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How to use a slate call (Ultimate guide)

Spring is here, and turkey hunting can be fun, especially if you go home with a mature gobbler! Turkey calls can be helpful as they fill you up with the excitement of winning and enjoying your trip.

You don’t need to be an expert caller, but make sure you have the right tools and tips to get your game’s attention. One of the most accessible and most valuable is the slate call.

 What is a slate call?

A slate call consists of a pot and striker. It can produce various kinds of subtle or loud calls, coaxing the turkeys to move closer. A slate call is also called a friction or pot call.

The pot is a wooden or plastic body that has a crystal, glass, or slate surface. You can get a pot customized to produce specific sounds as well. A slate call is available at various archery shops.

Prep your call and get ready.

A new slate call will need some prepping before you perfect turkey calls. You can rub your new slate call with some sandpaper before you start. Usually, a call comes with a small piece of sandpaper for you to prepare the surface.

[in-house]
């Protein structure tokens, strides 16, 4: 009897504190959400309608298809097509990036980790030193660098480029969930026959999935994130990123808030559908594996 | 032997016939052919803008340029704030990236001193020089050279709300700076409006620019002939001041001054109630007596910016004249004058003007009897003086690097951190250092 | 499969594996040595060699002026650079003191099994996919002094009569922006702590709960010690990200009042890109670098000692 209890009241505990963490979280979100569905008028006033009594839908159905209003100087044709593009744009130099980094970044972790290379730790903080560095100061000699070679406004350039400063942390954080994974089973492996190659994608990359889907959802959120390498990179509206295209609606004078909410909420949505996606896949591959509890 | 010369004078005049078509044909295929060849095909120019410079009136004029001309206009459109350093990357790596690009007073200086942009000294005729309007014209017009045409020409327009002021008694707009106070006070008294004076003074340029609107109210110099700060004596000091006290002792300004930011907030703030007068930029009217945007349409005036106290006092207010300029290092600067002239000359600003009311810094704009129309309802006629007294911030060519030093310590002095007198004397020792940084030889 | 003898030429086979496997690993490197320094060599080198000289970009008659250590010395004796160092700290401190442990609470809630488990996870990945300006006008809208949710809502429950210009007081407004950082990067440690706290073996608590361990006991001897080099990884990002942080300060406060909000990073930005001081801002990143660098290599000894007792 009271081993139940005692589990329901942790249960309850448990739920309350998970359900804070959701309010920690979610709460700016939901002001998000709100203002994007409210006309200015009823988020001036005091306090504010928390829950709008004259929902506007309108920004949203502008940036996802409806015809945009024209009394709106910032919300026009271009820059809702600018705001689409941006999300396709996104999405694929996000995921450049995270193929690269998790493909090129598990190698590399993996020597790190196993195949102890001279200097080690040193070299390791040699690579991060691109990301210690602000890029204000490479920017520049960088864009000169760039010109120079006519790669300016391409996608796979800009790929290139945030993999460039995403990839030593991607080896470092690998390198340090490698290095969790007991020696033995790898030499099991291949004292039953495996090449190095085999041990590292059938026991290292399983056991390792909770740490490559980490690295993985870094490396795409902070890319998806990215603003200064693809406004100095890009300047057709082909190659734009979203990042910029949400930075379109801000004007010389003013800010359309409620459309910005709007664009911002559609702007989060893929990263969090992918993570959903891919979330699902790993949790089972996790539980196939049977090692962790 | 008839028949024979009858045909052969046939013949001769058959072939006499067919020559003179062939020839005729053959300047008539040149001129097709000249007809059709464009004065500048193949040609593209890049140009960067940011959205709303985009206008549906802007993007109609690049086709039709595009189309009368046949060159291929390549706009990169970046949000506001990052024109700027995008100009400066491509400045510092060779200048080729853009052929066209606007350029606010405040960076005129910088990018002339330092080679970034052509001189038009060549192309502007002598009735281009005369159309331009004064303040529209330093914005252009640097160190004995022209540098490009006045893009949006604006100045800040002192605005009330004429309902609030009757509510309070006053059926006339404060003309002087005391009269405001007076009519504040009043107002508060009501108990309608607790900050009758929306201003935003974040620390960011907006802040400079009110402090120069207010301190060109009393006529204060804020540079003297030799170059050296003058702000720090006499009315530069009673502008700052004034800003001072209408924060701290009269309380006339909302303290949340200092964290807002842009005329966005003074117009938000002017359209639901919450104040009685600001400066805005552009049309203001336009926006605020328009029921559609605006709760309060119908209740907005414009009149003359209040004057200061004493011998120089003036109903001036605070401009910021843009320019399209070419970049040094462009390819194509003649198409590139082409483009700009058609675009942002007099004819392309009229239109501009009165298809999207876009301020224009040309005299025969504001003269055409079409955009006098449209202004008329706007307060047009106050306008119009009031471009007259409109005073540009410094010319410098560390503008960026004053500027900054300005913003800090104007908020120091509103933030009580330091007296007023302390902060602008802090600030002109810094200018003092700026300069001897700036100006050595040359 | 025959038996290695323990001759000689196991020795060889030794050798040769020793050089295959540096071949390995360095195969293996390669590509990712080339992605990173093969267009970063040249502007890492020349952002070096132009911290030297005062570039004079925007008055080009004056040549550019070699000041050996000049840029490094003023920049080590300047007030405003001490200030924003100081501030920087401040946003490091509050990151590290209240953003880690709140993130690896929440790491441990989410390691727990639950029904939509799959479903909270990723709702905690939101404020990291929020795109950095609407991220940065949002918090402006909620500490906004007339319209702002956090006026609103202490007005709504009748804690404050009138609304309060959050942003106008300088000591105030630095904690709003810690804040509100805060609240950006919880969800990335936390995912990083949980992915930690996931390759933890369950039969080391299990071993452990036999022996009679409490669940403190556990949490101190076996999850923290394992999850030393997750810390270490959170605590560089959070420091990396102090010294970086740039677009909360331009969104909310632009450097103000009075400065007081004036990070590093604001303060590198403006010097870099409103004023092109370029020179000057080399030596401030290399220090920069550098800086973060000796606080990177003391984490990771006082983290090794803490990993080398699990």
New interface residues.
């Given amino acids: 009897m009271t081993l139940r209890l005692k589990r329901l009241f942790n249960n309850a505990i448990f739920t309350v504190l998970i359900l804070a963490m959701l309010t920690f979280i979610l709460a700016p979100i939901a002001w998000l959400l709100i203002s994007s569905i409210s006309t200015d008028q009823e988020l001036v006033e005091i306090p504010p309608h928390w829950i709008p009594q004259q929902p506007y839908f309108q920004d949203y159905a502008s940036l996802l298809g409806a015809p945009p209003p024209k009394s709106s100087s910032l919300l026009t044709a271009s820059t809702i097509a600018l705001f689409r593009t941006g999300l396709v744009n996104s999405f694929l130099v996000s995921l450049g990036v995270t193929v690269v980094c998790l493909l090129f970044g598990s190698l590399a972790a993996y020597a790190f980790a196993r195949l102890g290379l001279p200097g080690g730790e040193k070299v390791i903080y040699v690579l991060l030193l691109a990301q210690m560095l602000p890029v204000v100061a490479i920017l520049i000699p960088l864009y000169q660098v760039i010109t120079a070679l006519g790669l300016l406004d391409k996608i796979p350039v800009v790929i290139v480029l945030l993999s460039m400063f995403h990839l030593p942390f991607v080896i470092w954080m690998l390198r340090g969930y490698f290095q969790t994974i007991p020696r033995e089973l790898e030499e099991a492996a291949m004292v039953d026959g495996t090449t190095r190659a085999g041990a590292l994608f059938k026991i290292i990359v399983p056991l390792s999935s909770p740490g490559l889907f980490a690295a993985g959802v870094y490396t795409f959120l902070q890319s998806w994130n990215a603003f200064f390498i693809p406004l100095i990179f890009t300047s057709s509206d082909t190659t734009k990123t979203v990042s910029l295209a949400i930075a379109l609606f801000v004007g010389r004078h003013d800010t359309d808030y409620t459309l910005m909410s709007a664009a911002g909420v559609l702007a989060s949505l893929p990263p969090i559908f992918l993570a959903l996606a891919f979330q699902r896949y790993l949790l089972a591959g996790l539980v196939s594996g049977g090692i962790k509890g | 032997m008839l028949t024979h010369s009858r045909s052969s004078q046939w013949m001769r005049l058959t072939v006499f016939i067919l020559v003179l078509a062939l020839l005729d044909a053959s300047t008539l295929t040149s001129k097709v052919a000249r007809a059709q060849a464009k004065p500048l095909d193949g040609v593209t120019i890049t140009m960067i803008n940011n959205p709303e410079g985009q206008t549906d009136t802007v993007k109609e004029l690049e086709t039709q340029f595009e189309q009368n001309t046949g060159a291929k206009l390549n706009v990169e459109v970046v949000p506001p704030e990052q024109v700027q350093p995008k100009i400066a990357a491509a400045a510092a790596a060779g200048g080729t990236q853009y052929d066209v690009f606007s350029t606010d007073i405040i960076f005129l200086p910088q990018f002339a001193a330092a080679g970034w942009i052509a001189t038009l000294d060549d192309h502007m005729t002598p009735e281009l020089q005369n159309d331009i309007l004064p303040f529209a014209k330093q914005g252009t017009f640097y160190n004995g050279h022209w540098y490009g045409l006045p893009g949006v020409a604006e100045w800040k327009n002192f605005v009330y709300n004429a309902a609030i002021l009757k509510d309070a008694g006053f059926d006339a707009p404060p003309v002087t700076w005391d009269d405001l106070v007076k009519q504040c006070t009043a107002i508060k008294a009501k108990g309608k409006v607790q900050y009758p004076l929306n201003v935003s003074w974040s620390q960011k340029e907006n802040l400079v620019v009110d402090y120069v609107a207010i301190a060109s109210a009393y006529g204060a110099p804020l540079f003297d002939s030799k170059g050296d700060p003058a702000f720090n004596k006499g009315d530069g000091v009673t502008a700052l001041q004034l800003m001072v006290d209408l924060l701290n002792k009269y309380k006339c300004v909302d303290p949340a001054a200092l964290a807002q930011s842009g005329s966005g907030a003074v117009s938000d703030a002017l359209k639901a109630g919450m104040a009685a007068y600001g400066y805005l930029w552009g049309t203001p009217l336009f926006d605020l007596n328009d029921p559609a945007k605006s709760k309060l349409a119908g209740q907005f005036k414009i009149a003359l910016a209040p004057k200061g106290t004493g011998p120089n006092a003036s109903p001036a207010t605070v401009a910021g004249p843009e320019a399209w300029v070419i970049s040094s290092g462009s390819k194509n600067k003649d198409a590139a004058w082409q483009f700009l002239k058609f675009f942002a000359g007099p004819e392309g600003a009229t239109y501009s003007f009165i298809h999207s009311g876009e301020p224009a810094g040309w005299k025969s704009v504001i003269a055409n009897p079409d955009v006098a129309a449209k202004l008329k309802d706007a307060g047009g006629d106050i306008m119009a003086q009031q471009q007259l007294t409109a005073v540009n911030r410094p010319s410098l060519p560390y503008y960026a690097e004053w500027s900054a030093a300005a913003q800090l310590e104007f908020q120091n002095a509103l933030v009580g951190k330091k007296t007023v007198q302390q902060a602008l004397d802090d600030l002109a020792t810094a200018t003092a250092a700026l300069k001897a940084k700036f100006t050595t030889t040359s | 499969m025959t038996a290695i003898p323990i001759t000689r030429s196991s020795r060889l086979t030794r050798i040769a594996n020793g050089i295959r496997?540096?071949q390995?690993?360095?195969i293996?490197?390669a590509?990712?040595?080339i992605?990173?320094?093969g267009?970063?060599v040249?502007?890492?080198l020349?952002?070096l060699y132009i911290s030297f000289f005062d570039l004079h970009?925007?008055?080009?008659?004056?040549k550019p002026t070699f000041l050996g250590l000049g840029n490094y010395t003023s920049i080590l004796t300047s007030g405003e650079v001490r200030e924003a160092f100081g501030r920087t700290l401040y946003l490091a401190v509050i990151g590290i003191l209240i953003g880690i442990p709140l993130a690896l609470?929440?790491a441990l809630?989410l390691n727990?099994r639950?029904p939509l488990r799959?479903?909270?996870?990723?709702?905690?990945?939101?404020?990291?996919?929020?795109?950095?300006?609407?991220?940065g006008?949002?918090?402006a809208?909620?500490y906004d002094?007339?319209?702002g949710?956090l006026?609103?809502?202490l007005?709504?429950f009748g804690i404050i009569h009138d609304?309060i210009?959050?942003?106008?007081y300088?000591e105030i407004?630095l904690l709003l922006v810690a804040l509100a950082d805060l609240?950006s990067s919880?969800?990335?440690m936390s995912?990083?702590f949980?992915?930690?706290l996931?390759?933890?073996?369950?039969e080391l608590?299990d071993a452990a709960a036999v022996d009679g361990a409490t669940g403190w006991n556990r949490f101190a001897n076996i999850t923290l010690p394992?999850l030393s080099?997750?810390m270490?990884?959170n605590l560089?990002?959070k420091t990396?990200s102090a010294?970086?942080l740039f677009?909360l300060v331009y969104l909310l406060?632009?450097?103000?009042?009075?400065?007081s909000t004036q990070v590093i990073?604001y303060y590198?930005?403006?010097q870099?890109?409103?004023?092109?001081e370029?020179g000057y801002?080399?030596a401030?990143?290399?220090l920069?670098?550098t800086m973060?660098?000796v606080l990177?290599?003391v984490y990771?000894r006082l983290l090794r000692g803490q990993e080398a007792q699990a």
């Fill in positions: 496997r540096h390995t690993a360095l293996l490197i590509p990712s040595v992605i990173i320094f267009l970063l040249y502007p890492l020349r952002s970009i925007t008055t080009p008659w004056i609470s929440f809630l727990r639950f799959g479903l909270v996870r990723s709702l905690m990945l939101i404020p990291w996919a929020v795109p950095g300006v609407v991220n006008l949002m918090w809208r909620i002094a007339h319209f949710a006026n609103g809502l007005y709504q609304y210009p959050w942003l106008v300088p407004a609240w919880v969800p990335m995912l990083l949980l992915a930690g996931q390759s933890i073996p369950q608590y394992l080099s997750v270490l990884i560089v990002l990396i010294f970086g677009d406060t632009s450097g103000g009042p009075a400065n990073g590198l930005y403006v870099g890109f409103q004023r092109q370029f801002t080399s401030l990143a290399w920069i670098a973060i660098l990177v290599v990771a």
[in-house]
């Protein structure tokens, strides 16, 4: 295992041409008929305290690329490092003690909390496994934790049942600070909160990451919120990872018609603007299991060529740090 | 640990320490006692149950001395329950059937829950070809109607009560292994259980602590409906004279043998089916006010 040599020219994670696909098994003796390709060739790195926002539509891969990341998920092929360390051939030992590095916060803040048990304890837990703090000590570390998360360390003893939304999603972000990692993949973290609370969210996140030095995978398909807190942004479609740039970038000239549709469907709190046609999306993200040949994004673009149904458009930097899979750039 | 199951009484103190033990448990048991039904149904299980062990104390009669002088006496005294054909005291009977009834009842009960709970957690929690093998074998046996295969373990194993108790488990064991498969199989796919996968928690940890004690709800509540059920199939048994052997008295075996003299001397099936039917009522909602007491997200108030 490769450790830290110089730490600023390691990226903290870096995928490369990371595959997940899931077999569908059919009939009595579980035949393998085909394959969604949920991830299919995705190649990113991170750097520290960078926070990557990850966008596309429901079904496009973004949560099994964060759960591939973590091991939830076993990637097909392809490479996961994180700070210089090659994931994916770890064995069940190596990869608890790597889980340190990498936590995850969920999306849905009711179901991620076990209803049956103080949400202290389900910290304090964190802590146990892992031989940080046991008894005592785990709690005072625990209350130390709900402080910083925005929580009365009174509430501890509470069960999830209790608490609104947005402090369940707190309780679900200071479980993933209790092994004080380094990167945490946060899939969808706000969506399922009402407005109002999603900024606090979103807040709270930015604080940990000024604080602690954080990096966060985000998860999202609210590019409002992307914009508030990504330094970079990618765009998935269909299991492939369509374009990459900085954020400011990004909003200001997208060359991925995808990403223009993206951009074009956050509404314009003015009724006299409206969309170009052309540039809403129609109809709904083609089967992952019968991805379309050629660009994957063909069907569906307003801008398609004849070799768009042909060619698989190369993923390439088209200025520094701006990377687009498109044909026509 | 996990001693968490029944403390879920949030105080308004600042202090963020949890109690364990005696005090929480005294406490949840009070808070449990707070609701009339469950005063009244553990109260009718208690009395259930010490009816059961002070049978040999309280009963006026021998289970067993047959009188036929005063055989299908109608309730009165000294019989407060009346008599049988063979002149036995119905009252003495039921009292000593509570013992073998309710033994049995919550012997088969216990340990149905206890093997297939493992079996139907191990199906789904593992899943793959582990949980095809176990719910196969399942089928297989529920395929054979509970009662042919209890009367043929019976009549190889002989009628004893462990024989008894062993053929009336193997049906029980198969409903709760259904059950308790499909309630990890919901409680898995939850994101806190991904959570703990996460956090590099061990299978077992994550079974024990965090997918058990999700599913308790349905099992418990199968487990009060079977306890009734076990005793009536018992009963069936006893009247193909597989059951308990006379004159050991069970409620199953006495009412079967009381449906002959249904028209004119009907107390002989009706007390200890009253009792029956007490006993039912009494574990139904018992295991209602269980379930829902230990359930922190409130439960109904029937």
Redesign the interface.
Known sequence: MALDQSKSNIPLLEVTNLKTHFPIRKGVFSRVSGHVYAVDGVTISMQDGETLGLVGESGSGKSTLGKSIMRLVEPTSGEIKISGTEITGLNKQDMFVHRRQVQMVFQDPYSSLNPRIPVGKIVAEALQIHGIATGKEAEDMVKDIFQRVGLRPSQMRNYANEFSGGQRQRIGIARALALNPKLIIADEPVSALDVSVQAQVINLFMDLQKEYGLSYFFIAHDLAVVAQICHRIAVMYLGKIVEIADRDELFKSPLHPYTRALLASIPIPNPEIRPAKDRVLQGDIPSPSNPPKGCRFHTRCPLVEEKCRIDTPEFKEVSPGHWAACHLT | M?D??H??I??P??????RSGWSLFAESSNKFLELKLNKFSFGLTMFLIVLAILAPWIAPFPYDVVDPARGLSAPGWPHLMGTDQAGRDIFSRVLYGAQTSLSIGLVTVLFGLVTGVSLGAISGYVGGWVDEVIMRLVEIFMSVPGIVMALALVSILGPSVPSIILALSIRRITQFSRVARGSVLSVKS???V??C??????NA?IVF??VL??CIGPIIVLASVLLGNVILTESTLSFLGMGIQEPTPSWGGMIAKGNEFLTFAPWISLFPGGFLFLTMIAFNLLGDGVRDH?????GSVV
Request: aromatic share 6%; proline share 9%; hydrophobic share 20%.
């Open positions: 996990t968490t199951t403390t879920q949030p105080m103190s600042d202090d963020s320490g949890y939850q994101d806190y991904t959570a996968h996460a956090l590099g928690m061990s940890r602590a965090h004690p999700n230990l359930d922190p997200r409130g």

Remember not to rub the slate in circular motion but instead rub it from one direction to another. Once you have a coarse surface ready, scrape it with the striker to create a natural turkey sound. If the sound is not what you wanted, prep the surface a little more and try again!

Holding the pot correct is important.

Always remember to use the striker with your dominant hand. You can hold the pot in your fingers and rest the palm of your dominant hand on the outside edge. Then use the striker to scrape the slate surface and make turkey sounds like you practiced during prepping.

For regular turkey sound, hold the striker like a pencil and strike it at almost 45 degrees with the surface of the slate. If you grip the striker nearer to the tip, a high-pitched sound will be created.